The Modest Charm of the Bourgeoisie


As time passes, Georgian politics has come to resemble a surrealistic plot from the films of Spanish director Luis Buñuel, where absurd becomes reality and reality becomes absurd. A private individual threatens to evict the President from the presidential palace and is confident in his victory. This plot indeed resembles absurd, nevertheless, this is the reality of Georgian politics today and what’s more important this reality carries the meaning of to be or not to be.

Following on from broadcasting company Rustavi 2, the ex-premier (Bidzina Ivanishvili) opened another line on the front. This time President Margvelashvili was the object of elimination. The billionaire says that the reign of President Margvelashvili in the presidential residence will soon come to an end and the head of the country will be evicted from the building through the power of law. Does Ivanishvili have any kind of legal leverage to achieve this, when the president is categorically against leaving the Avlabari Residence? Does the billionaire have any kind of resources other than his money to achieve this goal and what’s more important, how do the goals of the ex-premier fit into the political and legal setting? Let us start with the legal side. Despite the fact that, according to the law in force, the government has the competency to allocate a building for the work of state, according to the Constitution, the President is granted the right to determine the nature of his work and the place he works, himself. As President Margvelashvili decided himself that the Avlabari residence is the place for his work, any kind of legal way to evict him is unimaginable unless Margvelashvili himself agrees to change the location for carrying out his work. However, the President is categorically against leaving the Avlabari Residence and moving to the former USA Embassy building on Atoneli Street, exactly the building that Ivanishvili has chosen as the place for the President’s dislocation.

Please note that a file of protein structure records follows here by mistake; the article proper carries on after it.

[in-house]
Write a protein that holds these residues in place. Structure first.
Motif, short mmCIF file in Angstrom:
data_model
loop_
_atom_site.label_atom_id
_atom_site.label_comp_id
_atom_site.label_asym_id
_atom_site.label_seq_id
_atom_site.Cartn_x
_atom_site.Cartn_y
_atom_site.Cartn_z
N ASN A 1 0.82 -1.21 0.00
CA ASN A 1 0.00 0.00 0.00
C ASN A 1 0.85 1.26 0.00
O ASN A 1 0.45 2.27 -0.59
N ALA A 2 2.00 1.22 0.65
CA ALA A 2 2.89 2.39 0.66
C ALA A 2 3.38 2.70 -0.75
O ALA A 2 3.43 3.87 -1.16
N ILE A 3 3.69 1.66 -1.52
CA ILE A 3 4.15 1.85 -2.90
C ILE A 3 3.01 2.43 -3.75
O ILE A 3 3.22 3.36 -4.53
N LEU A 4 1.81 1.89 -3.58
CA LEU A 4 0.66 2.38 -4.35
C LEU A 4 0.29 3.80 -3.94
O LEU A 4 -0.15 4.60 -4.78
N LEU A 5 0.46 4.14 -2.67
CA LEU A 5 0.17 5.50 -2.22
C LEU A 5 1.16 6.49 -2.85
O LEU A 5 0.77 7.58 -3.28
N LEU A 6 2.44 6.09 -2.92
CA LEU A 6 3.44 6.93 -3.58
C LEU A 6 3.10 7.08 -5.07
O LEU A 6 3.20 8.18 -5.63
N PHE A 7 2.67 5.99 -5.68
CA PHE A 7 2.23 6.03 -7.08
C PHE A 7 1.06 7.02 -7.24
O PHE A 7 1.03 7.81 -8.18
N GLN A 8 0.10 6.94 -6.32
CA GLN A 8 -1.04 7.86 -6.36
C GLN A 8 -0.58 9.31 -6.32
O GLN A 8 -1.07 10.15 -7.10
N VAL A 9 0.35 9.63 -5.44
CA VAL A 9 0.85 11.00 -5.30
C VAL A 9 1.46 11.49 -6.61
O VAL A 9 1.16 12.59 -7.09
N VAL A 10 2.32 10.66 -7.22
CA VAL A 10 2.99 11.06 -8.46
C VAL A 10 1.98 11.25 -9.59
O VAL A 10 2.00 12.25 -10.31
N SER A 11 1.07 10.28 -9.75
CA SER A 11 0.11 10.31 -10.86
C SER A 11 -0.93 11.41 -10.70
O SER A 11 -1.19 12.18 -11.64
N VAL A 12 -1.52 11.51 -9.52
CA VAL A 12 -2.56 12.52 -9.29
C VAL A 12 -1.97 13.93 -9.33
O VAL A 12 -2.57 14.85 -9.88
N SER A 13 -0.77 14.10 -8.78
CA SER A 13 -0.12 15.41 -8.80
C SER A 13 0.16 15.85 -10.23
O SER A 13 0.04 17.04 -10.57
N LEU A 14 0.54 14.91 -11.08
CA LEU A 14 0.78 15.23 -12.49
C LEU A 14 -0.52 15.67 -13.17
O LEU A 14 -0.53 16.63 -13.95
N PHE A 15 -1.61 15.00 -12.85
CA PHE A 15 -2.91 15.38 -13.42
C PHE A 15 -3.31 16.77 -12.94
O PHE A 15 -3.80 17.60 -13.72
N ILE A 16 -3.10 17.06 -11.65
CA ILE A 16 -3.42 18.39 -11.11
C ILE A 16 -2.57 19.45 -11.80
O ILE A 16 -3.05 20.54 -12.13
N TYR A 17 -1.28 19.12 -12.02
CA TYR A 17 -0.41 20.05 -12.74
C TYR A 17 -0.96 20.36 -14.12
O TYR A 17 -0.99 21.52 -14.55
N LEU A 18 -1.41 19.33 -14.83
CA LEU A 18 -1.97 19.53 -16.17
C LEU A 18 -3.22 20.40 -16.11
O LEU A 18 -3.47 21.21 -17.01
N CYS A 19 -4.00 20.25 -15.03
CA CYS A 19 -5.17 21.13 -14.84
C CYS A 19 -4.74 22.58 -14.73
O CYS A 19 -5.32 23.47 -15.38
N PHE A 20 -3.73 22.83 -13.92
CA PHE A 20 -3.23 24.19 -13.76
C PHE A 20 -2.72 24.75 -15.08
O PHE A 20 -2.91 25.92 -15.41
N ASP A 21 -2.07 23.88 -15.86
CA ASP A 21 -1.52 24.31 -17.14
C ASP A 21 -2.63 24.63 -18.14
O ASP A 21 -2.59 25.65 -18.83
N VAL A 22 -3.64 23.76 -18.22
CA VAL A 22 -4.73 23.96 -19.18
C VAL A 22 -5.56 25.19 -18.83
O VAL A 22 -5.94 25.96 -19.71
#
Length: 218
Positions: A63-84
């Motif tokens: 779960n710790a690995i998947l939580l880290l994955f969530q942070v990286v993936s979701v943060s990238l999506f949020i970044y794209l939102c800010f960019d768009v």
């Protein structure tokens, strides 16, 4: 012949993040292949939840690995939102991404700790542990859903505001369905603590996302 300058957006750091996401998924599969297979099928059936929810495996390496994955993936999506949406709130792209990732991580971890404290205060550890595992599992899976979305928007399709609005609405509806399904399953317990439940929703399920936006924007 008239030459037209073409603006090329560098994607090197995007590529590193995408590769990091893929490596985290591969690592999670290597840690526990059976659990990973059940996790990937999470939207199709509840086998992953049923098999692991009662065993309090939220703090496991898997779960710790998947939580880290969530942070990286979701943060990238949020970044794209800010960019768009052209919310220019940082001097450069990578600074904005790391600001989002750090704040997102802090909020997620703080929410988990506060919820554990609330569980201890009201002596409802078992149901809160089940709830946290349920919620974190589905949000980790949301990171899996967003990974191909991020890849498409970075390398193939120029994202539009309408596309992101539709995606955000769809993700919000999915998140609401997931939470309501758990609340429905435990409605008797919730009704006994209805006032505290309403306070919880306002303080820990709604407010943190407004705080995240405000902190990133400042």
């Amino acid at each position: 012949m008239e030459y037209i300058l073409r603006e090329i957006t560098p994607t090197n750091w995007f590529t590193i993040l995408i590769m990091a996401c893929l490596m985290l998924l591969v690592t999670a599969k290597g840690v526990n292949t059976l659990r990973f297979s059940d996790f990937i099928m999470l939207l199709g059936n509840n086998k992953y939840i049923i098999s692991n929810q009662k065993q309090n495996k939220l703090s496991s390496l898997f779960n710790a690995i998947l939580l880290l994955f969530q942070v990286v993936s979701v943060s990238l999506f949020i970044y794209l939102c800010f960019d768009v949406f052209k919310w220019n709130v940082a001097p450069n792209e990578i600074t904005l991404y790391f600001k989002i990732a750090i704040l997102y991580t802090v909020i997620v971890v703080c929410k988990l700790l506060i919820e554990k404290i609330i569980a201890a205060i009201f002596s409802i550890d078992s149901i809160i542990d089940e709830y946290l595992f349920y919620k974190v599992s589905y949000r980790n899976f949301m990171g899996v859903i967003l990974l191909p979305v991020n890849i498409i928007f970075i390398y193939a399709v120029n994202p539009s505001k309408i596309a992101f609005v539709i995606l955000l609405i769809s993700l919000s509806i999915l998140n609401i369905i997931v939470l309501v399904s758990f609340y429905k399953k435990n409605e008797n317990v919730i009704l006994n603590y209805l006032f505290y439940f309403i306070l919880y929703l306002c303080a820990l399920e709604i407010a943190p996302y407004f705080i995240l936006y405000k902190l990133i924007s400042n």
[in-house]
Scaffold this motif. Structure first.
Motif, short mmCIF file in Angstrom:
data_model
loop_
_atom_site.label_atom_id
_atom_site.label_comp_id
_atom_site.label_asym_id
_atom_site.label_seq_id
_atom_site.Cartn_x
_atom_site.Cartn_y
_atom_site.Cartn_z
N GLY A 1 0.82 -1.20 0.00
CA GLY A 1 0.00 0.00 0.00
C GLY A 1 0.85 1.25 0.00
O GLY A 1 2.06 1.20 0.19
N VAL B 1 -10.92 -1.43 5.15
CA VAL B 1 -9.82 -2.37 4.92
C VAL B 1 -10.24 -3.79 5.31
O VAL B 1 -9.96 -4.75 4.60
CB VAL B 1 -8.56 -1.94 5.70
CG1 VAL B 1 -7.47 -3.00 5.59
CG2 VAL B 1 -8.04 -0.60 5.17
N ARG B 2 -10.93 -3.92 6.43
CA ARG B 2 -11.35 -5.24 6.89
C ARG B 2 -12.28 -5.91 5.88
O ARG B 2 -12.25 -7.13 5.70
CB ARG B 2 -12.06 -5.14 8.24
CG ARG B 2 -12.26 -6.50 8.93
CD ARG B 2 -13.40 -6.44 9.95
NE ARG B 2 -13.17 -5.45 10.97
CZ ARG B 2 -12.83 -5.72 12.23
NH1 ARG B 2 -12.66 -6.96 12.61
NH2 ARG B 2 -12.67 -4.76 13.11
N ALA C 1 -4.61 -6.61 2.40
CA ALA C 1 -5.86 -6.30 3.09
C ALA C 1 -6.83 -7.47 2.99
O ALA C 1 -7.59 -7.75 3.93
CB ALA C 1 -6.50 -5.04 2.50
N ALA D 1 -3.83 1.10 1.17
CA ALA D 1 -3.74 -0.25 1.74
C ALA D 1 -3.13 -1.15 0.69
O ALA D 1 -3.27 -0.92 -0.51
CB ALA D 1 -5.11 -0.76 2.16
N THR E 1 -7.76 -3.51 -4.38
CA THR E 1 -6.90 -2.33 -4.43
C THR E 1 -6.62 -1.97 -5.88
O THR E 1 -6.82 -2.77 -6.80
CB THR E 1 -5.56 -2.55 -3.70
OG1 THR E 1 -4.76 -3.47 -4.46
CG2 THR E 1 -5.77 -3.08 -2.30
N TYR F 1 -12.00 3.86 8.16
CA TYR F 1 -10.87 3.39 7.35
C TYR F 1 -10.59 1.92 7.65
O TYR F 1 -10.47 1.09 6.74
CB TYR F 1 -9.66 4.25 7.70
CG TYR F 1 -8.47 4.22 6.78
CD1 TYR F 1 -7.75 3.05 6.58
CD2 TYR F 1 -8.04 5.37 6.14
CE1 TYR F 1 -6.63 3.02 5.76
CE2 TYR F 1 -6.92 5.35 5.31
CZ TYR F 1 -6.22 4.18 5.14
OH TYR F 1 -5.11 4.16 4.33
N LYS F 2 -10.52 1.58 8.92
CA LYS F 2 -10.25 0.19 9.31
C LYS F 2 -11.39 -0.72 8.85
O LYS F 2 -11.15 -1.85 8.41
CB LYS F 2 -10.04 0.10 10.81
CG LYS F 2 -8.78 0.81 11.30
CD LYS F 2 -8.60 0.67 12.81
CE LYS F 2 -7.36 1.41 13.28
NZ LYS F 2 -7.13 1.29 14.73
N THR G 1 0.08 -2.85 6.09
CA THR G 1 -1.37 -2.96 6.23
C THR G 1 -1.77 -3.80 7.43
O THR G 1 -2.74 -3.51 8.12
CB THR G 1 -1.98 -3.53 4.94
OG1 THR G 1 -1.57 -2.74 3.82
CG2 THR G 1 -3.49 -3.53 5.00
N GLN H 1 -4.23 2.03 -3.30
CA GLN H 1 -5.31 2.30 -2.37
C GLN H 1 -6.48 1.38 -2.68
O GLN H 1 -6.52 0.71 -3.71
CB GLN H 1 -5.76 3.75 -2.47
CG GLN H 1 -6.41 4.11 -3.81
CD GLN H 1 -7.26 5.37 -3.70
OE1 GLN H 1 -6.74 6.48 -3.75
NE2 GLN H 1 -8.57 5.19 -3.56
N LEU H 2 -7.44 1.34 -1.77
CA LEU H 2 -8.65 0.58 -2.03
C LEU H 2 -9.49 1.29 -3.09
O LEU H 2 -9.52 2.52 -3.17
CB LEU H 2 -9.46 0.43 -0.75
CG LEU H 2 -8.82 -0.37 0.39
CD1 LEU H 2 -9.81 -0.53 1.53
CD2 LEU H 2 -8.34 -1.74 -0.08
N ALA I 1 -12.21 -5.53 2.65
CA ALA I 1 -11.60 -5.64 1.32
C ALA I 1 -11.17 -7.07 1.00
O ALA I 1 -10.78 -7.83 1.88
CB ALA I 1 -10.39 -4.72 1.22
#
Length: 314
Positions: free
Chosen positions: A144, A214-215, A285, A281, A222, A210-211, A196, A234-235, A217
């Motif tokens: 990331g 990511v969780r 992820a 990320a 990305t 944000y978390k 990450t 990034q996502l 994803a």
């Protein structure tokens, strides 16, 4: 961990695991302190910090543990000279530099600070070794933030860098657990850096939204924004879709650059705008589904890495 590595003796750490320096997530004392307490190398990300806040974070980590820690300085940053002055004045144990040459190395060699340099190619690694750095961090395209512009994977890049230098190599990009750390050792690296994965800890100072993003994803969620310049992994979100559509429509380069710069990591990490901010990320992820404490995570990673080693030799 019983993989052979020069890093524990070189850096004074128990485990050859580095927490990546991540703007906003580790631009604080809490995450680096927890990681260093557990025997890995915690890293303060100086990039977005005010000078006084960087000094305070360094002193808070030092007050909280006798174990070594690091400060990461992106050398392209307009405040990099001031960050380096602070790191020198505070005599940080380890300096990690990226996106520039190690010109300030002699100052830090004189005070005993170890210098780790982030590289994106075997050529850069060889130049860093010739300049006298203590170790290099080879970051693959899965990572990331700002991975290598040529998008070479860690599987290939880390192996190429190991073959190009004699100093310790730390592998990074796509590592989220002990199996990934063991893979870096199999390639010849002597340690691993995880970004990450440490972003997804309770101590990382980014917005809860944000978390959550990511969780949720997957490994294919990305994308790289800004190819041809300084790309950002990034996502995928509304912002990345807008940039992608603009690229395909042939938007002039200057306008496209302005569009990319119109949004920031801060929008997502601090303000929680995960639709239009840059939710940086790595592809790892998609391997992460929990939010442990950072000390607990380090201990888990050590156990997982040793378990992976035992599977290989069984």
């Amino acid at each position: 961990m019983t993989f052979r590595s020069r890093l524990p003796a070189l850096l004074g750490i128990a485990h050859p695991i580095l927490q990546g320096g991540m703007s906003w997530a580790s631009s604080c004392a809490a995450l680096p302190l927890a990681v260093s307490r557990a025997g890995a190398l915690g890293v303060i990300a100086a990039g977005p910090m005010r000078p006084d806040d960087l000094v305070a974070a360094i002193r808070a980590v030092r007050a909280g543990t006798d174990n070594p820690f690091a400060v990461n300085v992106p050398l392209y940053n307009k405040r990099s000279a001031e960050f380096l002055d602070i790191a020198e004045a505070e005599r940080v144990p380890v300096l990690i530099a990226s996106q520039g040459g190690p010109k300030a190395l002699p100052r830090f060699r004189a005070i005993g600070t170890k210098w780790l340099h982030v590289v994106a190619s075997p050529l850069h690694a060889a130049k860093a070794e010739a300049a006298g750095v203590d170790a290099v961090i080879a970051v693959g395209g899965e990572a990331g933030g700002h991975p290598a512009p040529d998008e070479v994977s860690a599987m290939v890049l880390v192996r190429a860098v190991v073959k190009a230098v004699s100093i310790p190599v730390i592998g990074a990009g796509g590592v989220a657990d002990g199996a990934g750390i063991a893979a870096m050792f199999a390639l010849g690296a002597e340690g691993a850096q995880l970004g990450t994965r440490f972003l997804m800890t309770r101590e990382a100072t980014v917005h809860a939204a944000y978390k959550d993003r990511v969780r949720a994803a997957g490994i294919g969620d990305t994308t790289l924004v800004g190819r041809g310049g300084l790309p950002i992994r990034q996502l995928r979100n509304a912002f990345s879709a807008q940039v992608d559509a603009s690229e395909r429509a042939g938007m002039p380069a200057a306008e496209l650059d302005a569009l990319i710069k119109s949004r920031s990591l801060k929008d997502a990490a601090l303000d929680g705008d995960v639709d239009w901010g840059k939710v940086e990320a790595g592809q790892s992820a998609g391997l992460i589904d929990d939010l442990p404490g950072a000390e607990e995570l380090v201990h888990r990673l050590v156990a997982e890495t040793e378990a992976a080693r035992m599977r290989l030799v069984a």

Specialists in Constitutional Justice believe that the only way to move the President and his Administration out of the Avlabari Palace is through the Court, however, who the claimant will be in this case, be it citizen Ivanishvili or Prime Minister Garibashvili, is yet unknown. If we judge by the words of the active Prime Minister, then he does not plan on publishing any kind of governmental normative act about the eviction of the President. On the contrary, Garibashvili thinks that even talking about this is insulting and that the President himself should decide whether to stay in the “half-a-billion value Palace” built by Mikheil Saakashvili or not. “If I were in his place, I would move to the Atoneli Residence, which was prepared especially for the President,” PM Garibashvili told journalists. The PM faces difficult negotiations with Ivanishvili, during which he needs to convince his idol to leave the case of eviction of President Margvelashvili alone. Especially after Ivanishvili’s statement in which he advertised the eviction of Margvelashvili in advance.

It is truly difficult to forecast how these events surrounding Margvelashvili will develop and it is yet unknown what the government will think of next in order to satisfy Ivanishvili’s ambitions. It is clear that Garibashvili’s Office has quite a lot to think about, however, and if we follow the controversy theory, this issue is more in the competency of a removal company than of the government.

Zaza Jgarkava

19 November 2015 22:06